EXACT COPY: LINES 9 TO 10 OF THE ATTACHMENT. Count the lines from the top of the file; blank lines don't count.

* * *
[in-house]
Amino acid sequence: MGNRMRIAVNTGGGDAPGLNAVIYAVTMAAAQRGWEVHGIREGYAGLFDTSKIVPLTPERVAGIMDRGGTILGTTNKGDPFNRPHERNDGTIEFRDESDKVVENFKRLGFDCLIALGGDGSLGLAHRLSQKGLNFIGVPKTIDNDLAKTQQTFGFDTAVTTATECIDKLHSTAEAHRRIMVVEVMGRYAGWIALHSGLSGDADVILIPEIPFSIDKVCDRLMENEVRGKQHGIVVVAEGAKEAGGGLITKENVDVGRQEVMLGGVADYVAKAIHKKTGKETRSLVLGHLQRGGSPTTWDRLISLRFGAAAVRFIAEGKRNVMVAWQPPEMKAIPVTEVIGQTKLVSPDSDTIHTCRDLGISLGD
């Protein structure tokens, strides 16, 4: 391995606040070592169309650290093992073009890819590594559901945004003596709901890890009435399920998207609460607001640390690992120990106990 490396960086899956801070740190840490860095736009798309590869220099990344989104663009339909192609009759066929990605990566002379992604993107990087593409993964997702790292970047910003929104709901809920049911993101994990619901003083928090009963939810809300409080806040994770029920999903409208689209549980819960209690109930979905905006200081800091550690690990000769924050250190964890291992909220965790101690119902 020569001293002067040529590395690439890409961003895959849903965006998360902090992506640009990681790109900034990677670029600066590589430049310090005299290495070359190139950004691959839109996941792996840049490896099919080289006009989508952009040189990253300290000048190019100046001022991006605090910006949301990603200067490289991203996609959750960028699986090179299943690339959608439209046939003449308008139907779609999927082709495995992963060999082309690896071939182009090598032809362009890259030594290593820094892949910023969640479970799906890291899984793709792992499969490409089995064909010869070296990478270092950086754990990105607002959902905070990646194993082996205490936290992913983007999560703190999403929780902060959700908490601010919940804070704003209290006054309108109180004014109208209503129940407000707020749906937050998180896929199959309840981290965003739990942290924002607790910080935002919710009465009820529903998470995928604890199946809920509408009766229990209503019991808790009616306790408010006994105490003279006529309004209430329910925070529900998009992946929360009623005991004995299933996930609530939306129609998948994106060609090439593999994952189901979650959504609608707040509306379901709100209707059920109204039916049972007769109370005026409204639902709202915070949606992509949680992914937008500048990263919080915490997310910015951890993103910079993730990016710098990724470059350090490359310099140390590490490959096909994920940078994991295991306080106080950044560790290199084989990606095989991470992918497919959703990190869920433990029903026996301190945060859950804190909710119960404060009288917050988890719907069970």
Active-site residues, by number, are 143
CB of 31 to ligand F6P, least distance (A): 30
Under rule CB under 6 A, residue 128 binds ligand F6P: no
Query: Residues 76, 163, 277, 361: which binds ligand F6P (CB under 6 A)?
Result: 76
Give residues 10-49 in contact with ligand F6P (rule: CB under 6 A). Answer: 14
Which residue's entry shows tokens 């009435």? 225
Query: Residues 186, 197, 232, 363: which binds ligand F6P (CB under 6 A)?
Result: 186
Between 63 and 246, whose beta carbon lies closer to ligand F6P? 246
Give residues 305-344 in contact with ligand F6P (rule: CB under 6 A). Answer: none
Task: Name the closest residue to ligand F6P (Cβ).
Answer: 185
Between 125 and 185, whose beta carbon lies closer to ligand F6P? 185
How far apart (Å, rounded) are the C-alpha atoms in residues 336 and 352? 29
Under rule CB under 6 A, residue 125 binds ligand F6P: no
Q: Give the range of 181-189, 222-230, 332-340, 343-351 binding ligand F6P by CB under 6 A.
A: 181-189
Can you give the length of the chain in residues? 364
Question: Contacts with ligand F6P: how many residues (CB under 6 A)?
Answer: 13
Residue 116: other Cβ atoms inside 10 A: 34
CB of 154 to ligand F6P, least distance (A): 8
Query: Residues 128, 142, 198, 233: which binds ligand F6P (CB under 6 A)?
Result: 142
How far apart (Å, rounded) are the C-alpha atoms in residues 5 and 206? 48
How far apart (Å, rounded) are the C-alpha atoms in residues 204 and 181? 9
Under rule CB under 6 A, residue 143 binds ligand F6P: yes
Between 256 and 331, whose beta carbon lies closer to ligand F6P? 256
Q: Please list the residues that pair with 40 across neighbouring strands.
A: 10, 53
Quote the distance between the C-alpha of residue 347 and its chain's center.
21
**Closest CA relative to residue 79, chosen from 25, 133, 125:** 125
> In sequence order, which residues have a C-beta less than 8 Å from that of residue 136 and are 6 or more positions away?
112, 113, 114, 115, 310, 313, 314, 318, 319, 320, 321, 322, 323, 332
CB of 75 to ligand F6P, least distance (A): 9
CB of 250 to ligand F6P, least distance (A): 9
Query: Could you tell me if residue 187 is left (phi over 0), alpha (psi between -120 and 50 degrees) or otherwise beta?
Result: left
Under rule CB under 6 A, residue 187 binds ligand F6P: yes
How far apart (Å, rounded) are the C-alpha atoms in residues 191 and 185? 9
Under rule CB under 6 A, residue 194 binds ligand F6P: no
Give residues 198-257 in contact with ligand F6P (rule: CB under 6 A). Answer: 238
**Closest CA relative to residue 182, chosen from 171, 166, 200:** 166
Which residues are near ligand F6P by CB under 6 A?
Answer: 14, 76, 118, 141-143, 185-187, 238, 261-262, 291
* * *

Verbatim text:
Give residues 10-49 in contact with ligand F6P (rule: CB under 6 A). Answer: 14
Which residue's entry shows tokens 């009435």? 225